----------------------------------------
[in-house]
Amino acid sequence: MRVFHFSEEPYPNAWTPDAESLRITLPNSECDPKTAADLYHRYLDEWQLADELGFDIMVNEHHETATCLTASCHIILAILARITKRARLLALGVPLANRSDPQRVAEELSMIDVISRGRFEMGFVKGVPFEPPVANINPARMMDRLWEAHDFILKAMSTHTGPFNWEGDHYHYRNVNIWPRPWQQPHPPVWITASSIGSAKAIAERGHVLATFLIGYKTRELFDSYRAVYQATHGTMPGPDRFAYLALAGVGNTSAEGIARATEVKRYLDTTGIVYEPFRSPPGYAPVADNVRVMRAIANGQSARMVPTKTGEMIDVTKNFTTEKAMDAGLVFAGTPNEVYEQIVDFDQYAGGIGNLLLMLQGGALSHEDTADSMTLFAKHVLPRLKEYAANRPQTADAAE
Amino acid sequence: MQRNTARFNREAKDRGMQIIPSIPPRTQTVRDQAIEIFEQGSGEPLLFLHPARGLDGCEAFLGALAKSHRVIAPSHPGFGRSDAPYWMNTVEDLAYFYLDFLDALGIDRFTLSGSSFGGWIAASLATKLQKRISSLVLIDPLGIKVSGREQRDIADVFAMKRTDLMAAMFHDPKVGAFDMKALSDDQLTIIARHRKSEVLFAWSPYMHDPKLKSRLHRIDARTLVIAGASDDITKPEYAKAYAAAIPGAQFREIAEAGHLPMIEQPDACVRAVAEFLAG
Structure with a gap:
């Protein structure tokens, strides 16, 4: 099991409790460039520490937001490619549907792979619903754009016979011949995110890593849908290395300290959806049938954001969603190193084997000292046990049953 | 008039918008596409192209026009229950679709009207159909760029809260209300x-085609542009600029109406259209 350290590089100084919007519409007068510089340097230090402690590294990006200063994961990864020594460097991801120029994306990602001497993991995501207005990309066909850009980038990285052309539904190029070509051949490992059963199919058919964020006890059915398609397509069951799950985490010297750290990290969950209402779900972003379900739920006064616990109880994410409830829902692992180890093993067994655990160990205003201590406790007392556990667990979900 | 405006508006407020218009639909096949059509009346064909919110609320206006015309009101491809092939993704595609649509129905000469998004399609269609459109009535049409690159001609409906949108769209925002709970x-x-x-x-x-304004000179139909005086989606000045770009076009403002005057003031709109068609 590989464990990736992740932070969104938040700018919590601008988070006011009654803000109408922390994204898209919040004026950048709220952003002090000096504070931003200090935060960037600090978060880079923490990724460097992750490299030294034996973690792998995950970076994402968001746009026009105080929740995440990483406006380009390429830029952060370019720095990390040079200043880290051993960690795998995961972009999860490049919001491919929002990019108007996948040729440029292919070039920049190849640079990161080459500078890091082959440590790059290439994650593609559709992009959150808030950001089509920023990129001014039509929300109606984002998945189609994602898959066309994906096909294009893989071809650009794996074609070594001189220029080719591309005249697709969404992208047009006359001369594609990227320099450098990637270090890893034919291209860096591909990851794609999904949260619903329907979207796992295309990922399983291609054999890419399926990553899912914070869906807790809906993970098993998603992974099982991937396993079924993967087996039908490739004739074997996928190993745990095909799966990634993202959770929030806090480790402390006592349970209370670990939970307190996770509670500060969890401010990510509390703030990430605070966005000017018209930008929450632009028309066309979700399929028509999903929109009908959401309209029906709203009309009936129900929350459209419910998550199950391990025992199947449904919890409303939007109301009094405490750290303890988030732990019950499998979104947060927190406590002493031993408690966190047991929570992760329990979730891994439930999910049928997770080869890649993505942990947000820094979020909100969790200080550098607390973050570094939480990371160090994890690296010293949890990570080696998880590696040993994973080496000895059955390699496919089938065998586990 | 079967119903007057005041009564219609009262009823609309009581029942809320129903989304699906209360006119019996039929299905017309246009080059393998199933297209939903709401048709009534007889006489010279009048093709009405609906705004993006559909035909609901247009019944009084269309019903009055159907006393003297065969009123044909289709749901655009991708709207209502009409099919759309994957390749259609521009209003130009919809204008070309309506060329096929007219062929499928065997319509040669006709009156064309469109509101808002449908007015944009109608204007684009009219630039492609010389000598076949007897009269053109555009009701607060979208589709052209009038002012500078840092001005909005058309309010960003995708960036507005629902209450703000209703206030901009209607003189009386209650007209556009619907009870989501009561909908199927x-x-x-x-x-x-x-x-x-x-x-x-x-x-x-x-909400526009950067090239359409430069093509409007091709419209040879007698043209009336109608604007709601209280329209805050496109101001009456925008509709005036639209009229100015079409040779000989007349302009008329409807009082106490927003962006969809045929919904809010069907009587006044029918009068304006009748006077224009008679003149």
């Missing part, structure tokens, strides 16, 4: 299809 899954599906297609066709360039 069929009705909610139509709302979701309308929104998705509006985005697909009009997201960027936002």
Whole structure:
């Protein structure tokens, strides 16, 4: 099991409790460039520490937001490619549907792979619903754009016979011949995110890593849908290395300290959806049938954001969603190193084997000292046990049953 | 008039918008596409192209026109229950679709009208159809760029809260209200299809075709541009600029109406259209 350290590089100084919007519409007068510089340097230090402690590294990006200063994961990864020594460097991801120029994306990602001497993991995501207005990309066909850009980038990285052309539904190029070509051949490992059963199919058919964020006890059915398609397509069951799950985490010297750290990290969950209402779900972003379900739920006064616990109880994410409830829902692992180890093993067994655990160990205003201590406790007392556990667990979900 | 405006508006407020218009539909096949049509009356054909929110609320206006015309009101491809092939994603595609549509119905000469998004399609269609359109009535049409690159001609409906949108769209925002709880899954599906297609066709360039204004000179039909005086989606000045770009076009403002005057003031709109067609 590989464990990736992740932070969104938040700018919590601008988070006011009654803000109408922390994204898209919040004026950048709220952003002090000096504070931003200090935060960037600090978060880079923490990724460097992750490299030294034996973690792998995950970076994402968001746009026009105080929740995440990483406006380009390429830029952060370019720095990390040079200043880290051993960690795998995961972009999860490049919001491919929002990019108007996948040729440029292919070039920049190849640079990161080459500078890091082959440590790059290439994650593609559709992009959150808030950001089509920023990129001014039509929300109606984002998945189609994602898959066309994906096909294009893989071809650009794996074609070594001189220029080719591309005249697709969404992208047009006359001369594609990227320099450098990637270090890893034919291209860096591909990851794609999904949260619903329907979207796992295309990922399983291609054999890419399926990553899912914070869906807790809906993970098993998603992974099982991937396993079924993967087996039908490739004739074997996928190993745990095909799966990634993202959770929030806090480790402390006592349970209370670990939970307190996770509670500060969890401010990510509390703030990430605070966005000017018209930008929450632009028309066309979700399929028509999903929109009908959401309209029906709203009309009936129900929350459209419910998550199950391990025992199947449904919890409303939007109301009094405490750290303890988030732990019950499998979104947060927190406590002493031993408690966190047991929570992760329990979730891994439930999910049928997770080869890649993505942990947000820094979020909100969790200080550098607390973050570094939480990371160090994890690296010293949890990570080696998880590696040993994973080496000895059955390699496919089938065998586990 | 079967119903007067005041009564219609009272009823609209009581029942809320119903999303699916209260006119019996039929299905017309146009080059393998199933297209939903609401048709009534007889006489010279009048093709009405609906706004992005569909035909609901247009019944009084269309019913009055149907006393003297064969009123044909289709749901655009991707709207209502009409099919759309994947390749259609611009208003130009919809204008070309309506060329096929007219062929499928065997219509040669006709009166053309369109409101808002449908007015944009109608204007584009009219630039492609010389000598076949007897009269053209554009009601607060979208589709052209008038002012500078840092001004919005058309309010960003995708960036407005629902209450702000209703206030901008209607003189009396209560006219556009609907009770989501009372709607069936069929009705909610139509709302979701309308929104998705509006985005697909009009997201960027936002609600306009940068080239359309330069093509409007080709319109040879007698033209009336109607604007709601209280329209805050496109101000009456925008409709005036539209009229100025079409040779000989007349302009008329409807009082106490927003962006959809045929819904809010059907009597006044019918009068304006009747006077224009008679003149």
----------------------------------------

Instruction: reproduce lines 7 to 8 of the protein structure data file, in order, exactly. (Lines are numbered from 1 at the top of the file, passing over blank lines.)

Whole structure:
């Protein structure tokens, strides 16, 4: 099991409790460039520490937001490619549907792979619903754009016979011949995110890593849908290395300290959806049938954001969603190193084997000292046990049953 | 008039918008596409192209026109229950679709009208159809760029809260209200299809075709541009600029109406259209 350290590089100084919007519409007068510089340097230090402690590294990006200063994961990864020594460097991801120029994306990602001497993991995501207005990309066909850009980038990285052309539904190029070509051949490992059963199919058919964020006890059915398609397509069951799950985490010297750290990290969950209402779900972003379900739920006064616990109880994410409830829902692992180890093993067994655990160990205003201590406790007392556990667990979900 | 405006508006407020218009539909096949049509009356054909929110609320206006015309009101491809092939994603595609549509119905000469998004399609269609359109009535049409690159001609409906949108769209925002709880899954599906297609066709360039204004000179039909005086989606000045770009076009403002005057003031709109067609 590989464990990736992740932070969104938040700018919590601008988070006011009654803000109408922390994204898209919040004026950048709220952003002090000096504070931003200090935060960037600090978060880079923490990724460097992750490299030294034996973690792998995950970076994402968001746009026009105080929740995440990483406006380009390429830029952060370019720095990390040079200043880290051993960690795998995961972009999860490049919001491919929002990019108007996948040729440029292919070039920049190849640079990161080459500078890091082959440590790059290439994650593609559709992009959150808030950001089509920023990129001014039509929300109606984002998945189609994602898959066309994906096909294009893989071809650009794996074609070594001189220029080719591309005249697709969404992208047009006359001369594609990227320099450098990637270090890893034919291209860096591909990851794609999904949260619903329907979207796992295309990922399983291609054999890419399926990553899912914070869906807790809906993970098993998603992974099982991937396993079924993967087996039908490739004739074997996928190993745990095909799966990634993202959770929030806090480790402390006592349970209370670990939970307190996770509670500060969890401010990510509390703030990430605070966005000017018209930008929450632009028309066309979700399929028509999903929109009908959401309209029906709203009309009936129900929350459209419910998550199950391990025992199947449904919890409303939007109301009094405490750290303890988030732990019950499998979104947060927190406590002493031993408690966190047991929570992760329990979730891994439930999910049928997770080869890649993505942990947000820094979020909100969790200080550098607390973050570094939480990371160090994890690296010293949890990570080696998880590696040993994973080496000895059955390699496919089938065998586990 | 079967119903007067005041009564219609009272009823609209009581029942809320119903999303699916209260006119019996039929299905017309146009080059393998199933297209939903609401048709009534007889006489010279009048093709009405609906706004992005569909035909609901247009019944009084269309019913009055149907006393003297064969009123044909289709749901655009991707709207209502009409099919759309994947390749259609611009208003130009919809204008070309309506060329096929007219062929499928065997219509040669006709009166053309369109409101808002449908007015944009109608204007584009009219630039492609010389000598076949007897009269053209554009009601607060979208589709052209008038002012500078840092001004919005058309309010960003995708960036407005629902209450702000209703206030901008209607003189009396209560006219556009609907009770989501009372709607069936069929009705909610139509709302979701309308929104998705509006985005697909009009997201960027936002609600306009940068080239359309330069093509409007080709319109040879007698033209009336109607604007709601209280329209805050496109101000009456925008409709005036539209009229100025079409040779000989007349302009008329409807009082106490927003962006959809045929819904809010059907009597006044019918009068304006009747006077224009008679003149």